From Common Dreams: http://www.commondreams.org/view/2011/12/14-4
Earlier this week, Stephen Colbert announced dramatically that there were important developments underway in Europe that we should know about.
True to form, Colbert’s Repor didn’t talk about the big problem. His story, ha ha ha, was about a butter shortage in Norway. Talk about going from the obscure to the ridiculous.
We all know that European countries have been wrestling with what to do about saving the Euro.
There have been warnings of an economic catastrophe if the Euro falls, and it’s plain that the already shaky American economy will take a big hit if it happens.
The drama in Europe seems to be beyond the ability of both comedy and financial programs to explain. Perhaps it’s more of a divine comedy in the Dantean sense, because we are all perched on the edge of circle of hell that many of us don’t want to wrap our minds around.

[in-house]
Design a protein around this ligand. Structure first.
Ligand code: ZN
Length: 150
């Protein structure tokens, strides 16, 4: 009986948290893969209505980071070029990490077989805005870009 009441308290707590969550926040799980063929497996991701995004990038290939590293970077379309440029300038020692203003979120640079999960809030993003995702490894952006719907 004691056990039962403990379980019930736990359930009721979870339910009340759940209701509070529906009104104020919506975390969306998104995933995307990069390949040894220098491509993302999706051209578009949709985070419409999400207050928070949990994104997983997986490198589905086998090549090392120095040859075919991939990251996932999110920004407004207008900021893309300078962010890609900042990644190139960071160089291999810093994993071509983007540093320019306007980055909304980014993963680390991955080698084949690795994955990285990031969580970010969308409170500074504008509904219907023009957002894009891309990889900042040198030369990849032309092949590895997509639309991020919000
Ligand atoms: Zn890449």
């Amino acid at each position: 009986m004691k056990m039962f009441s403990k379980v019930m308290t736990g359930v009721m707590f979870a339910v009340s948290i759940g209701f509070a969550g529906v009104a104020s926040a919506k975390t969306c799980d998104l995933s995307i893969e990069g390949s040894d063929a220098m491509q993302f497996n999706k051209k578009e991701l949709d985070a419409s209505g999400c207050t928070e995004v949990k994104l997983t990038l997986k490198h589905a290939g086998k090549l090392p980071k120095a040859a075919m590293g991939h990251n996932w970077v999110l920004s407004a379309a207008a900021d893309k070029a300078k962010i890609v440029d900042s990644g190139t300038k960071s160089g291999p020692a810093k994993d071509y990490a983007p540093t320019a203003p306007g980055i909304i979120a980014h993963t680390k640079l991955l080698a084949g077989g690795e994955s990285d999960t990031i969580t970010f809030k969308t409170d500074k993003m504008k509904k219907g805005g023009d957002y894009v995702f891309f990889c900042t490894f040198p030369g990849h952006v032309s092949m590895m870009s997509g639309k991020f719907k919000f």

While many news outlets prefer to recycle endless soundbites of Gingrich bashing Romney and vice versa, and as American diplomats seem to be cranking up a war against Iran as if that can save the economy the way World War 2 pulled us out of a depression, the world economy is tottering thanks to all the debt American firms sold Europeans who then managed it so stupidly and corruptly.
Now we have Timesman Paul Krugman, for years an economist holding up the liberal middle, finally admitting that nothing is working;
“It’s time to start calling the current situation what it is: a depression. True, it’s not a full replay of the Great Depression, but that’s cold comfort. Unemployment in both America and Europe remains disastrously high. Leaders and institutions are increasingly discredited. And democratic values are under siege.”
Continue reading at: http://www.commondreams.org/view/2011/12/14-4